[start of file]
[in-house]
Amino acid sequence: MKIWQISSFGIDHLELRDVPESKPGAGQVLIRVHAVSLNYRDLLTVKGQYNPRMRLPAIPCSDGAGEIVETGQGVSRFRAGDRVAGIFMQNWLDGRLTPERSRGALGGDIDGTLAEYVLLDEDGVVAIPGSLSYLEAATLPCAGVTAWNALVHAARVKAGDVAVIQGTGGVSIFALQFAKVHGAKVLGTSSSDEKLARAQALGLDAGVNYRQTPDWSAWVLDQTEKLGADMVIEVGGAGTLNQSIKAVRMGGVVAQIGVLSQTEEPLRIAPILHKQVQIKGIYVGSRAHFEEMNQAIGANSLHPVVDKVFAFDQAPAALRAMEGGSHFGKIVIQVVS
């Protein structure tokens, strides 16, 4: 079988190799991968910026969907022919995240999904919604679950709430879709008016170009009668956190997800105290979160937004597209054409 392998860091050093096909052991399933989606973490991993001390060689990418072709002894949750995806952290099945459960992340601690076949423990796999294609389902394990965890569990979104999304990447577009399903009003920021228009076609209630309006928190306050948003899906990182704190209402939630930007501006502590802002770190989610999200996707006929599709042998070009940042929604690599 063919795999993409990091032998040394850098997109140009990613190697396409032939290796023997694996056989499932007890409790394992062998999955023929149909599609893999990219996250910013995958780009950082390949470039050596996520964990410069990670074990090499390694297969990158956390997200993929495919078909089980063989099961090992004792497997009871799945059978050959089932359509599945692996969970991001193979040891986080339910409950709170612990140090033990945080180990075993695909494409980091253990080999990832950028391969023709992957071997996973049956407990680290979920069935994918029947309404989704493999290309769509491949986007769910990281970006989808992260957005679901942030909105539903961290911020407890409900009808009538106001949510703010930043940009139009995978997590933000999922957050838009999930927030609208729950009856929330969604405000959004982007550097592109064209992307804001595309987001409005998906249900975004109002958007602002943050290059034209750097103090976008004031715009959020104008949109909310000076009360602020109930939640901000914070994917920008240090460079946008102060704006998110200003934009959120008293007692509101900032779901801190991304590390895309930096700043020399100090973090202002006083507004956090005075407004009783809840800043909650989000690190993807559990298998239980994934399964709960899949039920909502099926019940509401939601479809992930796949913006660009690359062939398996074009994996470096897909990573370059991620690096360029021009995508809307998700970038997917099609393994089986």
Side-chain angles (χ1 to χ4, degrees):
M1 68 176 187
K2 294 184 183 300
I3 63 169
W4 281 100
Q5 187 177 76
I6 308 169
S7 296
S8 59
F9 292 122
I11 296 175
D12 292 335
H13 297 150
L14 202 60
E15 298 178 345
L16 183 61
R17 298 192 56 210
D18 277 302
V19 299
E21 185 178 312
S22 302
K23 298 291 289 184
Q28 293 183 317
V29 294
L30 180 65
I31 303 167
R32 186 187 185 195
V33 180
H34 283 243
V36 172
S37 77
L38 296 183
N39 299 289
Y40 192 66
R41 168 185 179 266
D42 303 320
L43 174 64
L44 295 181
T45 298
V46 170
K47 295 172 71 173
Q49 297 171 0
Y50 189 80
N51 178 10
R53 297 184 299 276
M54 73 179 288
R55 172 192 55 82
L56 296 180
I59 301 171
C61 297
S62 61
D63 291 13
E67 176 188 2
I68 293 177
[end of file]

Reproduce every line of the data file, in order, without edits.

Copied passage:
[in-house]
Amino acid sequence: MKIWQISSFGIDHLELRDVPESKPGAGQVLIRVHAVSLNYRDLLTVKGQYNPRMRLPAIPCSDGAGEIVETGQGVSRFRAGDRVAGIFMQNWLDGRLTPERSRGALGGDIDGTLAEYVLLDEDGVVAIPGSLSYLEAATLPCAGVTAWNALVHAARVKAGDVAVIQGTGGVSIFALQFAKVHGAKVLGTSSSDEKLARAQALGLDAGVNYRQTPDWSAWVLDQTEKLGADMVIEVGGAGTLNQSIKAVRMGGVVAQIGVLSQTEEPLRIAPILHKQVQIKGIYVGSRAHFEEMNQAIGANSLHPVVDKVFAFDQAPAALRAMEGGSHFGKIVIQVVS
């Protein structure tokens, strides 16, 4: 079988190799991968910026969907022919995240999904919604679950709430879709008016170009009668956190997800105290979160937004597209054409 392998860091050093096909052991399933989606973490991993001390060689990418072709002894949750995806952290099945459960992340601690076949423990796999294609389902394990965890569990979104999304990447577009399903009003920021228009076609209630309006928190306050948003899906990182704190209402939630930007501006502590802002770190989610999200996707006929599709042998070009940042929604690599 063919795999993409990091032998040394850098997109140009990613190697396409032939290796023997694996056989499932007890409790394992062998999955023929149909599609893999990219996250910013995958780009950082390949470039050596996520964990410069990670074990090499390694297969990158956390997200993929495919078909089980063989099961090992004792497997009871799945059978050959089932359509599945692996969970991001193979040891986080339910409950709170612990140090033990945080180990075993695909494409980091253990080999990832950028391969023709992957071997996973049956407990680290979920069935994918029947309404989704493999290309769509491949986007769910990281970006989808992260957005679901942030909105539903961290911020407890409900009808009538106001949510703010930043940009139009995978997590933000999922957050838009999930927030609208729950009856929330969604405000959004982007550097592109064209992307804001595309987001409005998906249900975004109002958007602002943050290059034209750097103090976008004031715009959020104008949109909310000076009360602020109930939640901000914070994917920008240090460079946008102060704006998110200003934009959120008293007692509101900032779901801190991304590390895309930096700043020399100090973090202002006083507004956090005075407004009783809840800043909650989000690190993807559990298998239980994934399964709960899949039920909502099926019940509401939601479809992930796949913006660009690359062939398996074009994996470096897909990573370059991620690096360029021009995508809307998700970038997917099609393994089986």
Side-chain angles (χ1 to χ4, degrees):
M1 68 176 187
K2 294 184 183 300
I3 63 169
W4 281 100
Q5 187 177 76
I6 308 169
S7 296
S8 59
F9 292 122
I11 296 175
D12 292 335
H13 297 150
L14 202 60
E15 298 178 345
L16 183 61
R17 298 192 56 210
D18 277 302
V19 299
E21 185 178 312
S22 302
K23 298 291 289 184
Q28 293 183 317
V29 294
L30 180 65
I31 303 167
R32 186 187 185 195
V33 180
H34 283 243
V36 172
S37 77
L38 296 183
N39 299 289
Y40 192 66
R41 168 185 179 266
D42 303 320
L43 174 64
L44 295 181
T45 298
V46 170
K47 295 172 71 173
Q49 297 171 0
Y50 189 80
N51 178 10
R53 297 184 299 276
M54 73 179 288
R55 172 192 55 82
L56 296 180
I59 301 171
C61 297
S62 61
D63 291 13
E67 176 188 2
I68 293 177